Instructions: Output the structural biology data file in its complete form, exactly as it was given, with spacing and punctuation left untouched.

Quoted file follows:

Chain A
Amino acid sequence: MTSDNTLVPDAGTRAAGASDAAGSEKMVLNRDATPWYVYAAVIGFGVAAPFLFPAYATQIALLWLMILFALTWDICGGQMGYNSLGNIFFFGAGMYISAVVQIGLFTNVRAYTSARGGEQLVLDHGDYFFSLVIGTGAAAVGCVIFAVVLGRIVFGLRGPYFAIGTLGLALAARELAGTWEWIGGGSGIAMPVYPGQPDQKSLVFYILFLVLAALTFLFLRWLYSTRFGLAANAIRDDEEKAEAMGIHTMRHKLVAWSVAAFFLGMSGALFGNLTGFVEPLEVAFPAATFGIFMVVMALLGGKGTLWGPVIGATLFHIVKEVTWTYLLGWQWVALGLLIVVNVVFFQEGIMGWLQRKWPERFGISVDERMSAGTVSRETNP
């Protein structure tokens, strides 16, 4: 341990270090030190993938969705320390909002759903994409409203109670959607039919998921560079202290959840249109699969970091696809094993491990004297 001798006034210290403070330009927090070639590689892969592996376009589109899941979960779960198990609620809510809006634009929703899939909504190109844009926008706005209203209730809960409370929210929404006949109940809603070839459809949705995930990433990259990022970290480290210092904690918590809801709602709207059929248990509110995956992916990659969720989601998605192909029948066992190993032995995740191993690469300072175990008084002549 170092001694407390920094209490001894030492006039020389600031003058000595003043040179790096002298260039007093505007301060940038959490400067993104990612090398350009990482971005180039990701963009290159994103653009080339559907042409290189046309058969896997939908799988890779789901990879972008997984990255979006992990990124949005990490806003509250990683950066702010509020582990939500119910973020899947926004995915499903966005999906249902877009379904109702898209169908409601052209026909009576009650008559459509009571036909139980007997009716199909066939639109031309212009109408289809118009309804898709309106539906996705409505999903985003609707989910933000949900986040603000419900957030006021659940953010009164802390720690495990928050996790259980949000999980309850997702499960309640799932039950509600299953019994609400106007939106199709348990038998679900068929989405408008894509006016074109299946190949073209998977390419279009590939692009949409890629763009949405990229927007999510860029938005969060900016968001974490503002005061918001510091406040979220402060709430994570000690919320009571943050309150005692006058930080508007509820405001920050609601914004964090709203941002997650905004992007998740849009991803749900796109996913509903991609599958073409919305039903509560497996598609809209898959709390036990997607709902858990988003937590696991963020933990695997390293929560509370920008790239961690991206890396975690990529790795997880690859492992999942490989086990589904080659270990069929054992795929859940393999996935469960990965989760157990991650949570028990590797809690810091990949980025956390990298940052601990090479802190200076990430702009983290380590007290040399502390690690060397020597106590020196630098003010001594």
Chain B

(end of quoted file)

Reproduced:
Chain A
Amino acid sequence: MTSDNTLVPDAGTRAAGASDAAGSEKMVLNRDATPWYVYAAVIGFGVAAPFLFPAYATQIALLWLMILFALTWDICGGQMGYNSLGNIFFFGAGMYISAVVQIGLFTNVRAYTSARGGEQLVLDHGDYFFSLVIGTGAAAVGCVIFAVVLGRIVFGLRGPYFAIGTLGLALAARELAGTWEWIGGGSGIAMPVYPGQPDQKSLVFYILFLVLAALTFLFLRWLYSTRFGLAANAIRDDEEKAEAMGIHTMRHKLVAWSVAAFFLGMSGALFGNLTGFVEPLEVAFPAATFGIFMVVMALLGGKGTLWGPVIGATLFHIVKEVTWTYLLGWQWVALGLLIVVNVVFFQEGIMGWLQRKWPERFGISVDERMSAGTVSRETNP
């Protein structure tokens, strides 16, 4: 341990270090030190993938969705320390909002759903994409409203109670959607039919998921560079202290959840249109699969970091696809094993491990004297 001798006034210290403070330009927090070639590689892969592996376009589109899941979960779960198990609620809510809006634009929703899939909504190109844009926008706005209203209730809960409370929210929404006949109940809603070839459809949705995930990433990259990022970290480290210092904690918590809801709602709207059929248990509110995956992916990659969720989601998605192909029948066992190993032995995740191993690469300072175990008084002549 170092001694407390920094209490001894030492006039020389600031003058000595003043040179790096002298260039007093505007301060940038959490400067993104990612090398350009990482971005180039990701963009290159994103653009080339559907042409290189046309058969896997939908799988890779789901990879972008997984990255979006992990990124949005990490806003509250990683950066702010509020582990939500119910973020899947926004995915499903966005999906249902877009379904109702898209169908409601052209026909009576009650008559459509009571036909139980007997009716199909066939639109031309212009109408289809118009309804898709309106539906996705409505999903985003609707989910933000949900986040603000419900957030006021659940953010009164802390720690495990928050996790259980949000999980309850997702499960309640799932039950509600299953019994609400106007939106199709348990038998679900068929989405408008894509006016074109299946190949073209998977390419279009590939692009949409890629763009949405990229927007999510860029938005969060900016968001974490503002005061918001510091406040979220402060709430994570000690919320009571943050309150005692006058930080508007509820405001920050609601914004964090709203941002997650905004992007998740849009991803749900796109996913509903991609599958073409919305039903509560497996598609809209898959709390036990997607709902858990988003937590696991963020933990695997390293929560509370920008790239961690991206890396975690990529790795997880690859492992999942490989086990589904080659270990069929054992795929859940393999996935469960990965989760157990991650949570028990590797809690810091990949980025956390990298940052601990090479802190200076990430702009983290380590007290040399502390690690060397020597106590020196630098003010001594």
Chain B